(Sorry about the picture, Tom, it was the best one I had of you…)
Two weeks ago I attended the ResearchED English and MFL Conference which was held in the stunning Examination Schools. Since then, there are few sessions and key messages that have stuck with me and which I thought might be worth sharing.
Session 4: ‘Bridging the gap: transferring classroom knowledge to examination contexts’ by Jude Hunton (@judehunton) and Chris Peirce (@peirce_chris)
I was particularly interested in Jude and Chris’ ideas about ‘exam literacy’. They made several references to the ‘giants whose shoulders may have been bruised by repeated clambering upon’ and who have informed their approach (e.g. Willingham; Bjork and Bjork; Brown, Roediger and McDaniel; Dunlosky; David Didau).
They also shared this tweet from Tom van der Zee:
Chris made the point that classroom displays are cues in a physical context which can’t be used in exams. Perhaps, if we want students to practise recalling from memory, we need to strip back our beautiful displays and instead do what Ashlawn’s English department have done: bedeck the rooms with whiteboards. Chris talked about a range of ways in which they make use of these whiteboard walls in lessons including interrupting learning for students to move to a whiteboard and write up what they know. It’s an idea that stuck with me because we’re about to move into a new building and I’m wondering about the utility of displays. Whilst I love having a prettified classroom, and have always thought display cues a useful tool, perhaps there’s a few reasons why whiteboard walls might be a sensible idea: it reduces teacher time spent beautifying classrooms; it means that students actively engage with their learning environment and it encourages students to use their memory/practise retrieval rather than relying on context cues.
Another idea that stuck from Jude and Chris’ session was their use of regular ‘exam literacy’ sessions where classes are collapsed and put in the hall. These sessions are not simply ‘walking talking mocks’ but involve students, sat at exam desks, being led by a number of different teachers. Creating opportunities for students to transfer their knowledge in a different context was part of the reasoning behind this approach but also demystifying that experience of being in the exam hall. I know that these spaces are in demand in schools but I can see why using the examination hall as a context within which to build exam literacy makes sense.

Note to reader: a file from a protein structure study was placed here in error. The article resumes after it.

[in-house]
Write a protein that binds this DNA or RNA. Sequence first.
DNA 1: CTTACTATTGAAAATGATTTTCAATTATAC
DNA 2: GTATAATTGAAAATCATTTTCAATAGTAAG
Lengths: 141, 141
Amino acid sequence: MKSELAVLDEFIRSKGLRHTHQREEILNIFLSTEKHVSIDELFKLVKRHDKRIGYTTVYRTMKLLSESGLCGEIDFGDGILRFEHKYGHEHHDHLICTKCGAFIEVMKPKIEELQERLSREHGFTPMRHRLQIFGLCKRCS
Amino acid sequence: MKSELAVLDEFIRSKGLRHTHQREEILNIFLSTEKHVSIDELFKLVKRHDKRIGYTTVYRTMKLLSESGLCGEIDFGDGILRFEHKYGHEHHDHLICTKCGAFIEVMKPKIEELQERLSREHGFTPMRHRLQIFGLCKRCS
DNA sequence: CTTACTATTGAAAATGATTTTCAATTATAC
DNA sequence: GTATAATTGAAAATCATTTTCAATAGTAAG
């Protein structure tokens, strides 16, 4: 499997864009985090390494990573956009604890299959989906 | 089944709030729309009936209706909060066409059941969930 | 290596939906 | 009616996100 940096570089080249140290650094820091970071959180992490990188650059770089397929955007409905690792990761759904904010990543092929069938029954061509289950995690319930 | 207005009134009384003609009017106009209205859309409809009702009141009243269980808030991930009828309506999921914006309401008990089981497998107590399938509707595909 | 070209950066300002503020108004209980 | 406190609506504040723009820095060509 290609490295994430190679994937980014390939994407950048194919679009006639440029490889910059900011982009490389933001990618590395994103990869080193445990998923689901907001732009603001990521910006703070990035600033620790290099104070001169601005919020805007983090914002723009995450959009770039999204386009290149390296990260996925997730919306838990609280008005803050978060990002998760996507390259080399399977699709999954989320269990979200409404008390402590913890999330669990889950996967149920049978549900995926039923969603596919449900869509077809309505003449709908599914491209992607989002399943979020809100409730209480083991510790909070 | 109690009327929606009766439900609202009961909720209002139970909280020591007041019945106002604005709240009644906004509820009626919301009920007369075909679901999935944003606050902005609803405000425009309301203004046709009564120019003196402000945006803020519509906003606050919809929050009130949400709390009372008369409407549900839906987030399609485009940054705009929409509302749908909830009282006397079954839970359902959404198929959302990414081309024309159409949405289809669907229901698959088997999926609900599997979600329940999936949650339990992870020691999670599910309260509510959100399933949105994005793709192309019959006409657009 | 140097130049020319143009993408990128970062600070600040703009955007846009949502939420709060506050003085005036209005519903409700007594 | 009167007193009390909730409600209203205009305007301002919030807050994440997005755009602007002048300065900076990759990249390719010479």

Session 6: ‘Leading the Evidence-Based English Department’ by Lyndsey Caldwell
Lyndsey is the Head of English at Cherwell School and her session has really stuck with me and I’ve been reflecting on it a lot over the past fortnight.
I was particularly struck by Lyndsey’s PlayPumps analogy. PlayPumps are a well-intentioned idea that combines a borehole pump with a roundabout to provide water for African villages. It’s also a well-endorsed idea which is supported by the likes of George Bush, Jay-Z and DJ Mark Ronson. PlayPumps seem like a dream solution to Africa’s water problems: playing, happy children being provided with play equipment whilst simultaneously pumping clean water.
The problem, Lyndsey argued, with these well-intentioned PlayPumps was that they continued to be funded even when the data questioned their validity. They are less effective than normal pumps, children were often unavailable at times of water demand (you know… ‘cos school) and women often ended up pushing the roundabouts round themselves when a traditional hand pump would be far easier.